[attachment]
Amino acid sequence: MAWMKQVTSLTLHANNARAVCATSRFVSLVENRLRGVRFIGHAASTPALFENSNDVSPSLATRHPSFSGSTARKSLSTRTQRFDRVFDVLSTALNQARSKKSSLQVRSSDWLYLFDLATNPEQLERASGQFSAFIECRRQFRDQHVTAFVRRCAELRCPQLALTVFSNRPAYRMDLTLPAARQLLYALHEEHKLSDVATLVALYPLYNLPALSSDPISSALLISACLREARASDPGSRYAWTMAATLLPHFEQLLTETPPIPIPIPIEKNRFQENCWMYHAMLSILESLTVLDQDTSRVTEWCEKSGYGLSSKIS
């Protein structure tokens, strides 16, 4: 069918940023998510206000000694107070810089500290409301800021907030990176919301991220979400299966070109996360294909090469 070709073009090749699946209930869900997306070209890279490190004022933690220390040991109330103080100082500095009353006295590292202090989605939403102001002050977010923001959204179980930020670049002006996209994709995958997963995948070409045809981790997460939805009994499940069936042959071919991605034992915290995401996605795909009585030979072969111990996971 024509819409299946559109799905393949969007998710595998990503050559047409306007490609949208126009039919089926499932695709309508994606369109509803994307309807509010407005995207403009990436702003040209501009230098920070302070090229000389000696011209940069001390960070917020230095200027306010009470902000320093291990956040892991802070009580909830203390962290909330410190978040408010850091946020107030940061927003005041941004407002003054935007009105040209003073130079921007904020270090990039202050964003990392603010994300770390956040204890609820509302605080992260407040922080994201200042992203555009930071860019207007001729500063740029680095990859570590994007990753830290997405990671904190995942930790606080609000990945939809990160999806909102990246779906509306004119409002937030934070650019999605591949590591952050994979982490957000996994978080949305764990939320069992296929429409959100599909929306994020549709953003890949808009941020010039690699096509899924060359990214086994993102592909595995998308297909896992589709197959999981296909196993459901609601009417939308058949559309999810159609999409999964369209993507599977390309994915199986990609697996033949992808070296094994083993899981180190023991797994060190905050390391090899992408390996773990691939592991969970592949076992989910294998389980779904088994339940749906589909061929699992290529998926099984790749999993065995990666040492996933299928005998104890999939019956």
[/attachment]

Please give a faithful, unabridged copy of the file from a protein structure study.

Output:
Amino acid sequence: MAWMKQVTSLTLHANNARAVCATSRFVSLVENRLRGVRFIGHAASTPALFENSNDVSPSLATRHPSFSGSTARKSLSTRTQRFDRVFDVLSTALNQARSKKSSLQVRSSDWLYLFDLATNPEQLERASGQFSAFIECRRQFRDQHVTAFVRRCAELRCPQLALTVFSNRPAYRMDLTLPAARQLLYALHEEHKLSDVATLVALYPLYNLPALSSDPISSALLISACLREARASDPGSRYAWTMAATLLPHFEQLLTETPPIPIPIPIEKNRFQENCWMYHAMLSILESLTVLDQDTSRVTEWCEKSGYGLSSKIS
């Protein structure tokens, strides 16, 4: 069918940023998510206000000694107070810089500290409301800021907030990176919301991220979400299966070109996360294909090469 070709073009090749699946209930869900997306070209890279490190004022933690220390040991109330103080100082500095009353006295590292202090989605939403102001002050977010923001959204179980930020670049002006996209994709995958997963995948070409045809981790997460939805009994499940069936042959071919991605034992915290995401996605795909009585030979072969111990996971 024509819409299946559109799905393949969007998710595998990503050559047409306007490609949208126009039919089926499932695709309508994606369109509803994307309807509010407005995207403009990436702003040209501009230098920070302070090229000389000696011209940069001390960070917020230095200027306010009470902000320093291990956040892991802070009580909830203390962290909330410190978040408010850091946020107030940061927003005041941004407002003054935007009105040209003073130079921007904020270090990039202050964003990392603010994300770390956040204890609820509302605080992260407040922080994201200042992203555009930071860019207007001729500063740029680095990859570590994007990753830290997405990671904190995942930790606080609000990945939809990160999806909102990246779906509306004119409002937030934070650019999605591949590591952050994979982490957000996994978080949305764990939320069992296929429409959100599909929306994020549709953003890949808009941020010039690699096509899924060359990214086994993102592909595995998308297909896992589709197959999981296909196993459901609601009417939308058949559309999810159609999409999964369209993507599977390309994915199986990609697996033949992808070296094994083993899981180190023991797994060190905050390391090899992408390996773990691939592991969970592949076992989910294998389980779904088994339940749906589909061929699992290529998926099984790749999993065995990666040492996933299928005998104890999939019956």